At the time, I didn't believe him, and thought I could put some pressure on him, so I three-bet him after he raised. He promptly four-bet, and I went into the tank. What happened next is still hard to believe. He literally flashed me his cards! It wasn't a blatant flash, and not everyone could even see it, but he raised his cards just enough for me to see. He was so intent on making the money that he didn't even want to gamble with aces! If some players are that risk-averse, you can imagine how they might play A-K, A-Q, J-J, or 10-10.

Later that night, someone limped in from middle position, which I read as extremely weak. We were close to the end of day two and also close to making the money early on day three. I was in the cutoff and everyone seemed intent on surviving. I didn't even need to look at my hand, but did so for appearance sake. I raised, and the big blind called. An ace flopped, and I took the pot with a hand like Q-2. The big blind showed J-J. He just wasn't prepared to gamble near the bubble.

Last year, I heard someone say, "I will probably fold queens." Players aren't shy about telling you how intent they are to make the money.

Looking back over the three years that I cashed, I am sure that I haven't exploited the money bubble nearly as much as I should have. In fact, I think the default strategy ought to be to raise every hand and then adjust accordingly. Most players just don't want to gamble, and they will let you run over the table. Hopefully, I will be in this situation again this year, and will be able to test how such an aggressive strategy might work.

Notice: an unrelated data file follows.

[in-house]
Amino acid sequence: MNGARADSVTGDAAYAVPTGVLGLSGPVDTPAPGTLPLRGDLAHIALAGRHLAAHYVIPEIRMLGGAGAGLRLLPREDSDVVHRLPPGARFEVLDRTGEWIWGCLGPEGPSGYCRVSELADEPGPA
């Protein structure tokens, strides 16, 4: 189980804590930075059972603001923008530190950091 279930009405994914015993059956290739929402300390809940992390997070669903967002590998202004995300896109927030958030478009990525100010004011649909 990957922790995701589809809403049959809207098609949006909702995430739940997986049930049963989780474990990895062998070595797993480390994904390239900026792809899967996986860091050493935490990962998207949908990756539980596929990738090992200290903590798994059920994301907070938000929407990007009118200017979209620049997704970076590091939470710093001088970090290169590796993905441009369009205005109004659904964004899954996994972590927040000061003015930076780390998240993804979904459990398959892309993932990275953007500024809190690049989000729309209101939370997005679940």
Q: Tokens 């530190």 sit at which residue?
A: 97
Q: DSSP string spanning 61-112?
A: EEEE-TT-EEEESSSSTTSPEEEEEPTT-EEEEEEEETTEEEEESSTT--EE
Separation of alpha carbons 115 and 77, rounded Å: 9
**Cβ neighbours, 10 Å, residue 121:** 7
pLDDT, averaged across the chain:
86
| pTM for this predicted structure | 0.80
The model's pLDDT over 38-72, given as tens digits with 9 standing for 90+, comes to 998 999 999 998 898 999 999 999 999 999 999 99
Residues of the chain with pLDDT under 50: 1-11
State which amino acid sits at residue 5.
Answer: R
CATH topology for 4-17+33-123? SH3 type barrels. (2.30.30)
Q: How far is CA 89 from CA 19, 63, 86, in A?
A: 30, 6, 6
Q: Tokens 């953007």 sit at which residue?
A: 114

Of course, table dynamics always play a role. Last year, I was playing with Gus Hansen and John Duthie, which probably led me to play a much more conservative strategy on the bubble. However, looking back, I still think I should have been much more aggressive even with them at the table (Hansen was directly on my right, which helped).

Of course, the WSOP final-table bubble is the one I want most to experience. Unfortunately, I have no advice in this area, as the highest I've finished is 33rd. However, I imagine that this is another excellent time to accumulate chips. To be honest, when I start the main event, I try to keep my goals realistic. Thinking you are going to win a tournament against 6,000-plus players is hard to put a handle on, but striving to make the final table is a lot more realistic. One in about 600 players makes the final table, and that is something I can mentally imagine accomplishing.

There is a lot of prestige, drama, and attention for making the final table of the main event. As much as I want to say I am there to win, I can see myself eyeing the final table first. I suspect that practically all of the players remaining have similar goals. With that in mind, a player with the right aggression could really set himself up well to make a run at winning the tournament while everyone else is sitting back. If I'm ever in that situation, I hope that I keep my eyes on the big prize and exploit the final-table bubble appropriately.

Good luck, and I hope to meet you at the final table!

Matthew is the co-author, with Ian Taylor, of The Poker Mindset: Essential Attitudes for Poker Success, and the author of Texas Hold'em Odds and Probabilities. You can read Matthew's blog, and more than 150 other blogs, at